“Tokyo Matsuri” advertising postcard, 1933.

1930sAmusements & RecreationsArts & CultureCommerce
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Advertising postcard for Nikkatsu Studio’s “all-talkie” motion picture, Tokyo Festival [Tokyo-matsuri, 東京祭], released on September 29, 1933, directed by Ushihara Kiyohiko who had studied filmmaking in Hollywood under the tutelage of Charlie Chapin. Tokyo Festival featured the popular actress Natsukawa Shizue – star of Nikkatsu Studio’s wildly successful 1929 silent feature Tokyo March – and state-of-the-art Western Electric sound-on-film recording and reproduction technology.

“Despite the unevenness of [its earliest sound films, beginning with Hometown (Fujiwara yoshie no furusato) in 1929], Nikkatsu finally saw the light and began to take sound seriously.

“After making its first talkie of genuine value – Tomotaka Tasaka’s Spring and a Girl (Haru to musume), with a script by Murata and Kajiro Yamamoto – Nikkatsu and the Photo Chemical Laboratories parted company. The latter, at first working with a post-recording sound method even now much used, decided to produce films on its own. Nikkatsu, having its own studios, contracted with Western Electric for its sound system.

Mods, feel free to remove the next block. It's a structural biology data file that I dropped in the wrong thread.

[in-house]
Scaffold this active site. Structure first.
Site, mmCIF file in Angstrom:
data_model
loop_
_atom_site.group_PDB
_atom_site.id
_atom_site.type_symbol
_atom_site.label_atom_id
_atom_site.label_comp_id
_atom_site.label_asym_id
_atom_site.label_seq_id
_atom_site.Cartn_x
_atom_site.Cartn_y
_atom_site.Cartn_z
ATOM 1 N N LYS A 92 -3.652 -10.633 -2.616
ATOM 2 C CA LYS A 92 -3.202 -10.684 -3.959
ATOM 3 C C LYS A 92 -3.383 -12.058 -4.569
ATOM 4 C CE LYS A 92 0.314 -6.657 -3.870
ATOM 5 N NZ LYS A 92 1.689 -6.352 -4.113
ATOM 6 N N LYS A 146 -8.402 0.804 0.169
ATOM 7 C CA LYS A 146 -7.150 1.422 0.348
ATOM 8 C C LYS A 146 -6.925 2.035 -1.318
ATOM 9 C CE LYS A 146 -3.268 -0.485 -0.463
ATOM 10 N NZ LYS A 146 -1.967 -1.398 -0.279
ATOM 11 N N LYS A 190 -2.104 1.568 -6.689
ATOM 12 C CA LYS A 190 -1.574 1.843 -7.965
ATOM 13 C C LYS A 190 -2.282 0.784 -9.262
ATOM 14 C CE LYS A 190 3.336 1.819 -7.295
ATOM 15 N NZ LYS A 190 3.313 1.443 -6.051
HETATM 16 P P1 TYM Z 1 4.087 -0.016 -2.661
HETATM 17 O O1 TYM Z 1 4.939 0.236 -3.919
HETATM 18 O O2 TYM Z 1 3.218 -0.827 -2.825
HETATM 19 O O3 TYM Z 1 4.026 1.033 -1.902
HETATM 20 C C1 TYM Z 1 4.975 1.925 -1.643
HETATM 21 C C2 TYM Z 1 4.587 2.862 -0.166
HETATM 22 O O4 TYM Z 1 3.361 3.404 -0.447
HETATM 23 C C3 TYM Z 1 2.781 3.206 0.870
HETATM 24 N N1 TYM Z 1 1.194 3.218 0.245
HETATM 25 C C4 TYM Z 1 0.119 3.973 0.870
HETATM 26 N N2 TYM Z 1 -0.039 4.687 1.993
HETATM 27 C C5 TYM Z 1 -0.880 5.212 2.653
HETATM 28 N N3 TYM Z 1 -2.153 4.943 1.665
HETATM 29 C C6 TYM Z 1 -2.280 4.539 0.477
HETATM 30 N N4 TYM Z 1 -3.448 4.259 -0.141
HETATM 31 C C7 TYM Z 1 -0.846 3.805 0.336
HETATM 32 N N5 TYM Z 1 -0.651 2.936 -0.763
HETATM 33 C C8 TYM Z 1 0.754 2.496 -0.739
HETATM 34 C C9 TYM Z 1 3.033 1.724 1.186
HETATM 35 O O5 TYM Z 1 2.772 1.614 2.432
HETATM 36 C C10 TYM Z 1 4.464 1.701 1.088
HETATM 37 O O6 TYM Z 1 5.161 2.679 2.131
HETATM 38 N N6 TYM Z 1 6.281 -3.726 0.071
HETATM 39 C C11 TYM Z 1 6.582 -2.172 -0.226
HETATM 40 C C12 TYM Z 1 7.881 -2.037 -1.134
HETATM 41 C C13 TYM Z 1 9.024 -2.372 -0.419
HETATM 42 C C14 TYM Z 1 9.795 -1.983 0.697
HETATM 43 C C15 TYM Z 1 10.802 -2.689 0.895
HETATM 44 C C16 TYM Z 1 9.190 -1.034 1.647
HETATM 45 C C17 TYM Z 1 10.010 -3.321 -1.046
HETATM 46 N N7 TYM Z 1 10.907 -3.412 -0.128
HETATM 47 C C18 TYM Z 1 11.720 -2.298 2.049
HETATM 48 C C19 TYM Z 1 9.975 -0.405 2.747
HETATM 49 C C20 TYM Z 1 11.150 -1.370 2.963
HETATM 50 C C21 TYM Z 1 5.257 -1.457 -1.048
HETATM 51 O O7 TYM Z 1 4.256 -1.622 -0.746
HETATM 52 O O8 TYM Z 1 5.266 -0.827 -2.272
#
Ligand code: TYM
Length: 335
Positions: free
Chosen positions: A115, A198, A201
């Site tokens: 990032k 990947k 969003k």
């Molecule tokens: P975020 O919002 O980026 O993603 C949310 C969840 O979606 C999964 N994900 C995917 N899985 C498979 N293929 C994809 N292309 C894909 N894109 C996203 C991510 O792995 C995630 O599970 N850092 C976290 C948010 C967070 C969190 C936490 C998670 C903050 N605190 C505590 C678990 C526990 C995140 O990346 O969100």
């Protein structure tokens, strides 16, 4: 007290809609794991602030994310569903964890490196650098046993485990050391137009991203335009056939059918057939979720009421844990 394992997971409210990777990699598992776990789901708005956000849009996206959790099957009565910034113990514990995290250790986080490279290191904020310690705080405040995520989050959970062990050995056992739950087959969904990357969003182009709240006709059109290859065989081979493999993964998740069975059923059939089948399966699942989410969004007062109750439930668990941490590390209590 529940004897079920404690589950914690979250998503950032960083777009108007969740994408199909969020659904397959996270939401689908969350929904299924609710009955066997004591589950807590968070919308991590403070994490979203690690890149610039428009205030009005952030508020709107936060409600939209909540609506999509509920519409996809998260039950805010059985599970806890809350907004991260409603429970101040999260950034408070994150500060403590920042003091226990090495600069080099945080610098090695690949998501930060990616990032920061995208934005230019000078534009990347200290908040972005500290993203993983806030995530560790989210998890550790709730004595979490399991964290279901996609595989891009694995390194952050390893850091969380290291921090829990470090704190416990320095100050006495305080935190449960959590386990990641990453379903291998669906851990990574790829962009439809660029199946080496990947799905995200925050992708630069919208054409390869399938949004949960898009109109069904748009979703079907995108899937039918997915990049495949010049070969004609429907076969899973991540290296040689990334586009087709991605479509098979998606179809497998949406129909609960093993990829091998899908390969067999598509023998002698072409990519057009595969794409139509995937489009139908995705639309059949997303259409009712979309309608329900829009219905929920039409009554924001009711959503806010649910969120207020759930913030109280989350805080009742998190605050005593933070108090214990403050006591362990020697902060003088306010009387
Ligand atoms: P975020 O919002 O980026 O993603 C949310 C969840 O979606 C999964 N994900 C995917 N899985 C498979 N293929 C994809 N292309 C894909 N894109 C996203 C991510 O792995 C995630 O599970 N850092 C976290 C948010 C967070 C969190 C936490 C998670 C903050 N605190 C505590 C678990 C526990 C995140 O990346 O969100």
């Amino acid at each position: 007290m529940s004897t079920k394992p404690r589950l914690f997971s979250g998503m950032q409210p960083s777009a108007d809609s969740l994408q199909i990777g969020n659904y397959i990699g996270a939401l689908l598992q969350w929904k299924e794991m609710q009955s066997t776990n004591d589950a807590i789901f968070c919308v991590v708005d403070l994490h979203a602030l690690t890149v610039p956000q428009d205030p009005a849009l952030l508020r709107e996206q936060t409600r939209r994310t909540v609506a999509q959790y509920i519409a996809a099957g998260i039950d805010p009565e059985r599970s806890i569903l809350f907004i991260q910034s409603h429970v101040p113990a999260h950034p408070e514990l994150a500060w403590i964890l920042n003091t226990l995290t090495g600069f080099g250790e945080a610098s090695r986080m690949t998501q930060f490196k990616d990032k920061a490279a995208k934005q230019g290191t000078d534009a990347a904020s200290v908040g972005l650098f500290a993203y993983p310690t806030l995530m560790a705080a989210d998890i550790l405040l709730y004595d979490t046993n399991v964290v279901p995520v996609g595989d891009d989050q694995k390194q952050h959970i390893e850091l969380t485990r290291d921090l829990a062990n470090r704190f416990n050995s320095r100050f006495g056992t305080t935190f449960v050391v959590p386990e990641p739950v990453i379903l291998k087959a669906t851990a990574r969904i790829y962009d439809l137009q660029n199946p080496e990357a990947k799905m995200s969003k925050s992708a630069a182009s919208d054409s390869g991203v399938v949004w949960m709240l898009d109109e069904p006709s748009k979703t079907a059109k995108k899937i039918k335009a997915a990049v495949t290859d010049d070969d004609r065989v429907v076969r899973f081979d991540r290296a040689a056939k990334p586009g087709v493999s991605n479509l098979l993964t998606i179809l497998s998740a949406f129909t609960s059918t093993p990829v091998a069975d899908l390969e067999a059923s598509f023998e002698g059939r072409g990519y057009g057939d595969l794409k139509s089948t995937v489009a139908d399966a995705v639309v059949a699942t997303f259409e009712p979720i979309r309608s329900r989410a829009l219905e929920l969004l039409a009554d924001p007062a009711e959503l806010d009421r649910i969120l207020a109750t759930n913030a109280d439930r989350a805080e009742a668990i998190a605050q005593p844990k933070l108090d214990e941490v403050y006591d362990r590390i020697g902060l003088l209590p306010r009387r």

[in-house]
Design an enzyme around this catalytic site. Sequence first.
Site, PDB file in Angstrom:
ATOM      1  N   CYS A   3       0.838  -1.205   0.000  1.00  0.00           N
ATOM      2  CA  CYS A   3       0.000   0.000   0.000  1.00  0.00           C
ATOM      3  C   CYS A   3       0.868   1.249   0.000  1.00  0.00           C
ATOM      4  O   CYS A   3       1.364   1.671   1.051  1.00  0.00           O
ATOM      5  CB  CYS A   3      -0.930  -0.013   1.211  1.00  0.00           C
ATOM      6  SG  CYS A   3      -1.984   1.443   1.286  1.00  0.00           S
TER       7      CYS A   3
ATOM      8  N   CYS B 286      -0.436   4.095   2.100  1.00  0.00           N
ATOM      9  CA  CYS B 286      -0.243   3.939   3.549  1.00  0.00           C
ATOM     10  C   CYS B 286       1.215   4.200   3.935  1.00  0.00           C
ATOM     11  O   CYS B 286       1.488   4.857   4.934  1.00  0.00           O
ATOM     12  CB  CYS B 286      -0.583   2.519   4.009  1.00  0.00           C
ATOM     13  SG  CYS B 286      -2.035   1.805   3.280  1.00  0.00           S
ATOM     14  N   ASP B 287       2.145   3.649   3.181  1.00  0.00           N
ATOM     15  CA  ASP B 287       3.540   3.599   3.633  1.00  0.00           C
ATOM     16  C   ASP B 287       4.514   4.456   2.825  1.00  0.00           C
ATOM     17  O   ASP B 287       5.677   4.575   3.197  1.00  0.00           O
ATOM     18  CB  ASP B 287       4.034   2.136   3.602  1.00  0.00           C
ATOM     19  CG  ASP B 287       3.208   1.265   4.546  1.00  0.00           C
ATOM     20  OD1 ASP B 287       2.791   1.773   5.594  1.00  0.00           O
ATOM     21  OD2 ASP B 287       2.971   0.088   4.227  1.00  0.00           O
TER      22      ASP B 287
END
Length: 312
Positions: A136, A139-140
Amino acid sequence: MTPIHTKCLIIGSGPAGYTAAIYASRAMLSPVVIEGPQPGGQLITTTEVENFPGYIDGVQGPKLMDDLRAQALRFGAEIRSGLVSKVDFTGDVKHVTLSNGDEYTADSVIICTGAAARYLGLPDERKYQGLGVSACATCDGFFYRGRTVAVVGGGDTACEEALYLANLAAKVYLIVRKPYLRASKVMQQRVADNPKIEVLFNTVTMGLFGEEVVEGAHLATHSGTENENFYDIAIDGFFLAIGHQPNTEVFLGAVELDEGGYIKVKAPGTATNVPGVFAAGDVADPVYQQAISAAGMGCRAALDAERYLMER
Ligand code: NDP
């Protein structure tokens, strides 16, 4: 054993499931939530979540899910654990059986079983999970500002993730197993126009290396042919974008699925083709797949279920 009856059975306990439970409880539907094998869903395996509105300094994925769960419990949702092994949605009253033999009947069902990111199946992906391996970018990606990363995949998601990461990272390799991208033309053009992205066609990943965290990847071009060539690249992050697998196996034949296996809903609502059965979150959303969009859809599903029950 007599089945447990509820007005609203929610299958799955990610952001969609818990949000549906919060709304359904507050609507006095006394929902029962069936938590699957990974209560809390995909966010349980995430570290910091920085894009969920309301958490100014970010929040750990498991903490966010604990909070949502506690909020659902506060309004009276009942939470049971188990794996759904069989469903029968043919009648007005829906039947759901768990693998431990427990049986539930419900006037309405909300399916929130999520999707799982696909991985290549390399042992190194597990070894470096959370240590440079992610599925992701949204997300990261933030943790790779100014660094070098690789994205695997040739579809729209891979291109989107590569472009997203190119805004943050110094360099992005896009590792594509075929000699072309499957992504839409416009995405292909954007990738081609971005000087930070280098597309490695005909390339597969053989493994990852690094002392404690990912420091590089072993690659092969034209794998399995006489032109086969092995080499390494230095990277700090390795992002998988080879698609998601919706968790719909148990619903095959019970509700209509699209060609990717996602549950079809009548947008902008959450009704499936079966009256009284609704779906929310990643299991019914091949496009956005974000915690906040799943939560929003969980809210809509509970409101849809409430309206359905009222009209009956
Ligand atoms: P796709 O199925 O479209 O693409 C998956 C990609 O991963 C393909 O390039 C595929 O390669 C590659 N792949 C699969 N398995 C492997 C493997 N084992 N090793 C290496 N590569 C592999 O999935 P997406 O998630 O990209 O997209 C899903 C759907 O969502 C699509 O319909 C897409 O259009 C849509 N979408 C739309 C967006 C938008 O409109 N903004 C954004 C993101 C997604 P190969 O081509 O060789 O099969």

“The American company was in a position to talk business since, just the year before, it had sent equipment and American technicians over to the small Oriental Company, an independent [studio] which had some backing from Paramount. The Americans engineers, however, had not had enough experience: there was both delay and loss and after only one picture the company failed.

“Western Electric, with expensive equipment going unused in Japan, was eager to come to terms with almost anyone, and when the contract was finally signed, in 1933, Nikkatsu owned the best-quality recording equipment available at the time.”

The Japanese Film: Art and Industry, by Joseph L. Anderson & Donald Richie, 2018

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